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If you live in Florida and have questions about HOA’s or Condominiums this is the space for you. The information provided on this website does not and is not intended to constitute legal advice or otherwise create an attorney-client relationship.

Dear Condo Board...

The information provided on this website does not and is not intended to constitute legal advice or otherwise create an attorney-client relationship. All information, content, and materials available on this site are for general educational purposes only. The submission of a question and the response is not legal advice. Always seek the advice and counsel of an attorney before taking any actions.

Can they do this in Florida?

Welcome to Florida! As an owner you have the right to speak at all board meetings on the agenda items at a board meeting. Keep in mind that the board may pass rules as to the amount of time, frequency and duration of comments. As to their hostility unfortunately being nice or even showing professionalism is not a requirement for board membership (but keep in mind electability matters for the next election.)

Great question and you need to have an attorney involved. Here is why. The association has the authority to acquire a unit and/or use common element for this purpose; however, this may result in a material alteration to common element which requires a vote of the owners. Moreover, the purchase of a unit may invoke provisions of the Declaration as to spending limitations for the board. The best thing I can tell you is to speak to an attorney so the board is prepared and follows the requirements of law.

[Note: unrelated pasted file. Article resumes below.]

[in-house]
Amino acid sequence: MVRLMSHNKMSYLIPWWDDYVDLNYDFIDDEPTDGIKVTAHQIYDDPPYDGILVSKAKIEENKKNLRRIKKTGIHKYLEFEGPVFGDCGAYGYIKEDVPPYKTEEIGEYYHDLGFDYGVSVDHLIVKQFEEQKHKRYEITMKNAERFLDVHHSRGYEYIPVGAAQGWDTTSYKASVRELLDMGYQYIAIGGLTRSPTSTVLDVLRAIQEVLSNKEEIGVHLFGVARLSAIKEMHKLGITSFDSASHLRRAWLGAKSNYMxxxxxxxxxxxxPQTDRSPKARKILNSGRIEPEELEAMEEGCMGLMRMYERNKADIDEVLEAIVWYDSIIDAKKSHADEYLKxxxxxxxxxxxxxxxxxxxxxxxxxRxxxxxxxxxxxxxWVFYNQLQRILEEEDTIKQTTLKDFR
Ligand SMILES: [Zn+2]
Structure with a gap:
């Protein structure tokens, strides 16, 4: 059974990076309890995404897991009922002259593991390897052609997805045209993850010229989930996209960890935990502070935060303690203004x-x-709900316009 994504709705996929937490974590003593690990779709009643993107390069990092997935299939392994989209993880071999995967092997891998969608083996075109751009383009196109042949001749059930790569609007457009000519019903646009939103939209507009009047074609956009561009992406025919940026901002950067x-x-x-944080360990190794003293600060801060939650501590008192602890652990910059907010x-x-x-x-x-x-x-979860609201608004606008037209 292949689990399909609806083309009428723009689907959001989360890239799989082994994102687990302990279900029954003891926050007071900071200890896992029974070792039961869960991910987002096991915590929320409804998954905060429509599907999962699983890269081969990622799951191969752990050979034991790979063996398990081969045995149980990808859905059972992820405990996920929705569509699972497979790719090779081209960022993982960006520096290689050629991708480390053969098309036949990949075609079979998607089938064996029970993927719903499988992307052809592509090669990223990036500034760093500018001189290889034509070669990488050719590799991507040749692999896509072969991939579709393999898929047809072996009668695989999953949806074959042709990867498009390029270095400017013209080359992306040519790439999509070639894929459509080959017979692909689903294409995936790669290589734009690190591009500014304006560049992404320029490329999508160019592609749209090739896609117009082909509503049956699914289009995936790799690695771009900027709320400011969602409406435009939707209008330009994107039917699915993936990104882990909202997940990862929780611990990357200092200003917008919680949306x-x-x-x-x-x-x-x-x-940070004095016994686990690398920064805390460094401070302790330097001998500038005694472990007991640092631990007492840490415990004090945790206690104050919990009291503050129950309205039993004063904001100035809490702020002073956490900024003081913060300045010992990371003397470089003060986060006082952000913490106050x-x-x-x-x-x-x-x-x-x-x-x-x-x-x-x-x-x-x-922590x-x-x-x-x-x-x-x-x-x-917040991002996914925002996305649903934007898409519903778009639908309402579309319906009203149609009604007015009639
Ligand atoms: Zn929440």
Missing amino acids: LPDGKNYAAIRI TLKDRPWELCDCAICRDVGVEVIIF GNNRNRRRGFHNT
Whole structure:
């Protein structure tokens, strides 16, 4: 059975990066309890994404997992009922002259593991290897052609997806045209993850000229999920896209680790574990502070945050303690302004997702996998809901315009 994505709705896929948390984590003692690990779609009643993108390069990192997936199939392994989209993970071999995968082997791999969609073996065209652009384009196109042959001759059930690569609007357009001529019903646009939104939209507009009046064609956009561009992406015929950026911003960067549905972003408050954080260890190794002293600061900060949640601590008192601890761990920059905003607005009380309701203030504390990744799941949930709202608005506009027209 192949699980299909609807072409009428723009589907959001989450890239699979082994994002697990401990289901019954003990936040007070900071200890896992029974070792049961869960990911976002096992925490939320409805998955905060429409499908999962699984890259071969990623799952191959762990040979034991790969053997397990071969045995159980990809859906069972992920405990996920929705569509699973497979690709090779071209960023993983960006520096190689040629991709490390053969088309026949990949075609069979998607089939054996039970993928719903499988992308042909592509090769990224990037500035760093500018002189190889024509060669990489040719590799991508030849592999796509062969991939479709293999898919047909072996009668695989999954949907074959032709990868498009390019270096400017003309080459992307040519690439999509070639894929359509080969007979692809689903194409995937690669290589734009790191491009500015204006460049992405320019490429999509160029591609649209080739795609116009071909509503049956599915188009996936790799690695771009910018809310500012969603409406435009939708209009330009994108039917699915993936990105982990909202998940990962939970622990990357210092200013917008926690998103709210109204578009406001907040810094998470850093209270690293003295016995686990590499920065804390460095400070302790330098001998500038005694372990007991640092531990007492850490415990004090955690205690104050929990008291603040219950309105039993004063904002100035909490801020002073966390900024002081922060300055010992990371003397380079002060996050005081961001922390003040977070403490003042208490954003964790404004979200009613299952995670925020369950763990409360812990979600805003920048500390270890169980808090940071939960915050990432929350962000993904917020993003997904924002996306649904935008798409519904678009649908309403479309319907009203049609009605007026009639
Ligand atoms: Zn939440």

Great question and there are a couple ways to look at this. If an owner does not live in a unit and is claiming homestead that is fraud. You can report this to your county property appraiser. If an owner claims they have a guest but the board believes it is a renter then I suggest the board speak with their attorney. This can be addressed and the governing documents should be enforced. Sadly this is not uncommon for an owner to try to game the system.

Issues with my Property Manager.

Unfortunately, the board makes this decision (unless the governing documents provide otherwise). Remember the board is voted in to run the business of the association. The best option is to get on the board and make a change. You can do this at the next election or consider a recall of the board if you absolutely have more than 50% of the owners in agreement. A recall requires a majority in Florida!

Issues with my Board.

Owners have the right to videotape meetings in Florida. 718.112(2)(c) and 720.306(10). So, the answer is tell them the law and if they don’t respond then it’s time hire an attorney and potentially seek mediation or arbitration before filing a lawsuit if they absolutely don’t listen!